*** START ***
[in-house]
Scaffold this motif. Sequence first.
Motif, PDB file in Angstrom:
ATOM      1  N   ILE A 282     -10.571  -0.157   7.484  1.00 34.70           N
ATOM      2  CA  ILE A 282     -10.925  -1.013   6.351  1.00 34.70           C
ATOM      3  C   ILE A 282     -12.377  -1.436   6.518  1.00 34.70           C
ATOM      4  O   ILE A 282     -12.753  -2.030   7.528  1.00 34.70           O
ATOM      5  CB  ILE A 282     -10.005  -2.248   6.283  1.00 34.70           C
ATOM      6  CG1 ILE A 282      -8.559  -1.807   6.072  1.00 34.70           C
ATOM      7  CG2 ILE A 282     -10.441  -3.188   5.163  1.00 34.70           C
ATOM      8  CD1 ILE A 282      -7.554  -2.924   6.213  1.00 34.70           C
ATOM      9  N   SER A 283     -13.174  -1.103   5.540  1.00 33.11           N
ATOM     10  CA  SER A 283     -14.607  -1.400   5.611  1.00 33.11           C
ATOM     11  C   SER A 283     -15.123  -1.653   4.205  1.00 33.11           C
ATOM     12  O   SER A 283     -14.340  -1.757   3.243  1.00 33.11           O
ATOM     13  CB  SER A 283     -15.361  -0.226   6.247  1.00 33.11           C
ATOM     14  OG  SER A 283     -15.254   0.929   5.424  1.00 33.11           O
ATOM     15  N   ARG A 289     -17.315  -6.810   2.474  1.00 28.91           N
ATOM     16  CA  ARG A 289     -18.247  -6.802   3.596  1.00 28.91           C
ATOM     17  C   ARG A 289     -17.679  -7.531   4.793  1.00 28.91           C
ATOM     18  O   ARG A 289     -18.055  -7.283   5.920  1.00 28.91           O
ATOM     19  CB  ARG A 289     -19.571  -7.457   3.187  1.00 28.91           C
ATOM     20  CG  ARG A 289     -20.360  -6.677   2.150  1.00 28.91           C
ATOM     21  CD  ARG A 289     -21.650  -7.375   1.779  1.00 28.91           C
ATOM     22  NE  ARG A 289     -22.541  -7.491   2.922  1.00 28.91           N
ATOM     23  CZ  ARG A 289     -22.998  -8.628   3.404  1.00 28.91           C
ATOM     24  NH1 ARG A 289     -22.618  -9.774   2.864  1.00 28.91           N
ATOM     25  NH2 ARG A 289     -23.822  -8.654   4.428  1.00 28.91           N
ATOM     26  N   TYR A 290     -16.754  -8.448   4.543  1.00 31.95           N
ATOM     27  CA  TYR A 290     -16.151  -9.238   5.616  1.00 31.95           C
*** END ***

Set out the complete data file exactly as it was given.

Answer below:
[in-house]
Scaffold this motif. Sequence first.
Motif, PDB file in Angstrom:
ATOM      1  N   ILE A 282     -10.571  -0.157   7.484  1.00 34.70           N
ATOM      2  CA  ILE A 282     -10.925  -1.013   6.351  1.00 34.70           C
ATOM      3  C   ILE A 282     -12.377  -1.436   6.518  1.00 34.70           C
ATOM      4  O   ILE A 282     -12.753  -2.030   7.528  1.00 34.70           O
ATOM      5  CB  ILE A 282     -10.005  -2.248   6.283  1.00 34.70           C
ATOM      6  CG1 ILE A 282      -8.559  -1.807   6.072  1.00 34.70           C
ATOM      7  CG2 ILE A 282     -10.441  -3.188   5.163  1.00 34.70           C
ATOM      8  CD1 ILE A 282      -7.554  -2.924   6.213  1.00 34.70           C
ATOM      9  N   SER A 283     -13.174  -1.103   5.540  1.00 33.11           N
ATOM     10  CA  SER A 283     -14.607  -1.400   5.611  1.00 33.11           C
ATOM     11  C   SER A 283     -15.123  -1.653   4.205  1.00 33.11           C
ATOM     12  O   SER A 283     -14.340  -1.757   3.243  1.00 33.11           O
ATOM     13  CB  SER A 283     -15.361  -0.226   6.247  1.00 33.11           C
ATOM     14  OG  SER A 283     -15.254   0.929   5.424  1.00 33.11           O
ATOM     15  N   ARG A 289     -17.315  -6.810   2.474  1.00 28.91           N
ATOM     16  CA  ARG A 289     -18.247  -6.802   3.596  1.00 28.91           C
ATOM     17  C   ARG A 289     -17.679  -7.531   4.793  1.00 28.91           C
ATOM     18  O   ARG A 289     -18.055  -7.283   5.920  1.00 28.91           O
ATOM     19  CB  ARG A 289     -19.571  -7.457   3.187  1.00 28.91           C
ATOM     20  CG  ARG A 289     -20.360  -6.677   2.150  1.00 28.91           C
ATOM     21  CD  ARG A 289     -21.650  -7.375   1.779  1.00 28.91           C
ATOM     22  NE  ARG A 289     -22.541  -7.491   2.922  1.00 28.91           N
ATOM     23  CZ  ARG A 289     -22.998  -8.628   3.404  1.00 28.91           C
ATOM     24  NH1 ARG A 289     -22.618  -9.774   2.864  1.00 28.91           N
ATOM     25  NH2 ARG A 289     -23.822  -8.654   4.428  1.00 28.91           N
ATOM     26  N   TYR A 290     -16.754  -8.448   4.543  1.00 31.95           N
ATOM     27  CA  TYR A 290     -16.151  -9.238   5.616  1.00 31.95           C